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Comte de Paris, History of the Civil War in America. Vol. 1. (ed. Henry Coppee , LL.D.), Book IV:—the first autumn. (search)
t was reported, were on their way to Cassville and had reached the St. Francis River, in Missouri. Grant despatched Colonel Oglesby with four regiments, also numbering about three thousand men, to look for it in that direction. But on the 5th, he the most important. On receiving the last instructions from Fremont, Grant immediately sent an additional regiment to Oglesby, with orders to fall back upon New Madrid, a little below Belmont, so as to threaten that position, against which he was. Finally, very late in the evening, the flotilla came to anchor in front of Cairo. Grant immediately sent an order to Oglesby to leave New Madrid and return to the point whence he had started—an order which that officer promptly and successfully public believed, Grant had intended to take up his position at Belmont, the affair was a complete failure. The fact of Oglesby's column being sent to New Madrid, to the south of Belmont, would seem to justify that assumption. Such an intention, h
Comte de Paris, History of the Civil War in America. Vol. 1. (ed. Henry Coppee , LL.D.), Book V:—the first winter. (search)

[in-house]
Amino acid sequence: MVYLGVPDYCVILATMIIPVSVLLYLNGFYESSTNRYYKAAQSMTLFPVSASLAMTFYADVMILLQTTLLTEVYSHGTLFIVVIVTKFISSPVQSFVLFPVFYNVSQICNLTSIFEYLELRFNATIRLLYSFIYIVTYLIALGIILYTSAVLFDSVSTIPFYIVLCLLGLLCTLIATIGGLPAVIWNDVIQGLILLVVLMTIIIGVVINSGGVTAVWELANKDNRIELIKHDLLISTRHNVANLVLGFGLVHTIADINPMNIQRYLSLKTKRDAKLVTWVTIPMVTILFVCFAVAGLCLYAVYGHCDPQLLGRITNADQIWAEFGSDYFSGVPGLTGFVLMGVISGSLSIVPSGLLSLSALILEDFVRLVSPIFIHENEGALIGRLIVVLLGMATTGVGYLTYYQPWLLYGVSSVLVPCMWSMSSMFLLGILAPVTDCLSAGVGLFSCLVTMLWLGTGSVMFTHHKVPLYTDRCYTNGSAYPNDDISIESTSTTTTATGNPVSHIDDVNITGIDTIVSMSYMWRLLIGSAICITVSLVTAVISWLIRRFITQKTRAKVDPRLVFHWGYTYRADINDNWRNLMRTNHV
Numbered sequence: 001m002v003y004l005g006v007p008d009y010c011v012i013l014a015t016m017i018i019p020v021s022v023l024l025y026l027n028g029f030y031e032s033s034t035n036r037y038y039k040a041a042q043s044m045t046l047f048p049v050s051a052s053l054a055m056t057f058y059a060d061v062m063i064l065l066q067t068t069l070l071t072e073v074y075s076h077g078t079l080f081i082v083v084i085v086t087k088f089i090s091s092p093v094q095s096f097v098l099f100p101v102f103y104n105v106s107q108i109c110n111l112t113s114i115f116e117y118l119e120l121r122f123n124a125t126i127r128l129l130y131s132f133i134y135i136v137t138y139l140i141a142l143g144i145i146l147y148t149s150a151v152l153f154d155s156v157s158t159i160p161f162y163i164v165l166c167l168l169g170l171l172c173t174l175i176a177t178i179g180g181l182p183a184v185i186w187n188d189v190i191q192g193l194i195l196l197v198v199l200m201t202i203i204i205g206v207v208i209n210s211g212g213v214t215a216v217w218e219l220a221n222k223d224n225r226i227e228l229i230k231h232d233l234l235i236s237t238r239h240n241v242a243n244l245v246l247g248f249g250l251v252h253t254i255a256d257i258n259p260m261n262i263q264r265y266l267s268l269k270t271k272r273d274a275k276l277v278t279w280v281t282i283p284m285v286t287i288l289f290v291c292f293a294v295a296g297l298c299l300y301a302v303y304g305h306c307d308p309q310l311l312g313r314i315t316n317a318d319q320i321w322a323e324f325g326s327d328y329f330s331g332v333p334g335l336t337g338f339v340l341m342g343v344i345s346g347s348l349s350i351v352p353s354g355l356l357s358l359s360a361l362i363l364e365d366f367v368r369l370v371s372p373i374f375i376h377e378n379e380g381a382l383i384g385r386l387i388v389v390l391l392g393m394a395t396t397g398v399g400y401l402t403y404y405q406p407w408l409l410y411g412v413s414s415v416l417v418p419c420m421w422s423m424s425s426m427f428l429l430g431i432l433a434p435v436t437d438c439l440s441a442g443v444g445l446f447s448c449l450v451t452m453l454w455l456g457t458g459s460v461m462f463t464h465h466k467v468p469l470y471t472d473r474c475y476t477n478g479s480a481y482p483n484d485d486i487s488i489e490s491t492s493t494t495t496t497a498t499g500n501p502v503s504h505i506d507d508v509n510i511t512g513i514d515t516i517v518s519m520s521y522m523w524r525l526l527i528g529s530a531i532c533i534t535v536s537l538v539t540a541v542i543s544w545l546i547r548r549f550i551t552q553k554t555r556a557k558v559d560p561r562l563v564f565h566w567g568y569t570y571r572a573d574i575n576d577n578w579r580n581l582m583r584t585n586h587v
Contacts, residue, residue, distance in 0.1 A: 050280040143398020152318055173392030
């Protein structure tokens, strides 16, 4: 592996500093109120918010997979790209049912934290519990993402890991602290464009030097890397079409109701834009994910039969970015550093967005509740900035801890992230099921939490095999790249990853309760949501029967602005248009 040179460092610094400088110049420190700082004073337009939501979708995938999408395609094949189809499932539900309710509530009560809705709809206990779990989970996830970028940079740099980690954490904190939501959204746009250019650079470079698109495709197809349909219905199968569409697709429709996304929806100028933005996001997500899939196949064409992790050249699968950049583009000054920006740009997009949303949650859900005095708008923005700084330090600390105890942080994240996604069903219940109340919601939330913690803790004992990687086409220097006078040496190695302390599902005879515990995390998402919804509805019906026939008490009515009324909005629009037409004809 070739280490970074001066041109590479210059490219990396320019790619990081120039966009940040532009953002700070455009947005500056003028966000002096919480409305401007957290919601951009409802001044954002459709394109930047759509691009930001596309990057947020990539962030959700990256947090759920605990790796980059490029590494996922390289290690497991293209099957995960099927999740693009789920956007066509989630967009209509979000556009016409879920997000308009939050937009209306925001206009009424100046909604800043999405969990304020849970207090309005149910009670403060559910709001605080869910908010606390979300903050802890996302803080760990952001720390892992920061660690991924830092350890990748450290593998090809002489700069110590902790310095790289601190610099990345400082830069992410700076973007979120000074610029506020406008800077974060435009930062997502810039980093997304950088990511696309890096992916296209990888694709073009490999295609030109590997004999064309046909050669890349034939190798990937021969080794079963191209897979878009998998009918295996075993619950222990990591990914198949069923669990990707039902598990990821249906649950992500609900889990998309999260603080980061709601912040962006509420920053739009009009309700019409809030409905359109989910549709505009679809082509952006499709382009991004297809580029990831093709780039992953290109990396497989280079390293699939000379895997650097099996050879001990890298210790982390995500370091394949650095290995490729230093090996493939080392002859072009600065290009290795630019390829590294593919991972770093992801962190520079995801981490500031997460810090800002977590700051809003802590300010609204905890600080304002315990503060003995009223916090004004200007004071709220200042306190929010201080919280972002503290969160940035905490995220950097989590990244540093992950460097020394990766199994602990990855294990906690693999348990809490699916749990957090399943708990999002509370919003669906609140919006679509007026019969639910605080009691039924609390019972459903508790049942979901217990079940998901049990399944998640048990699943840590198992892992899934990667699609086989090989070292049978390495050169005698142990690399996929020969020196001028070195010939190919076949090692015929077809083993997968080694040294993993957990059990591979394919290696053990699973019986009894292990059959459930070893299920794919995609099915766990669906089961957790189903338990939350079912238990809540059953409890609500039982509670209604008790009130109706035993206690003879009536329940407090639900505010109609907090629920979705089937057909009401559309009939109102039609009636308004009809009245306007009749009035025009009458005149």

those inspirations which sometimes decide the fate of a battle. He caused part of his troops to file off on his left along the river: thanks to a deep ravine, the enemy reached McArthur's flank unperceived, and threw confusion into the ranks of Oglesby's brigade, which formed the centre of McClernand's division, and which the Confederates were already vigorously pressing in front. Being in turn attacked in flank, it fell back like its neighbor. It reformed for an instant near the third brigas he occupied, in front of Smith, such troops as were strictly required for their occupancy, and had followed Pillow with the rest of his division. As soon as Pillow had deployed his forces he took position on his right; and when McArthur's and Oglesby's soldiers began to lose ground, he threw a portion of his men upon the brigades of W. Wallace, which formed the left of McClernand, and of Cruft, who had come to his assistance. The Confederates had thus far succeeded in throwing their entire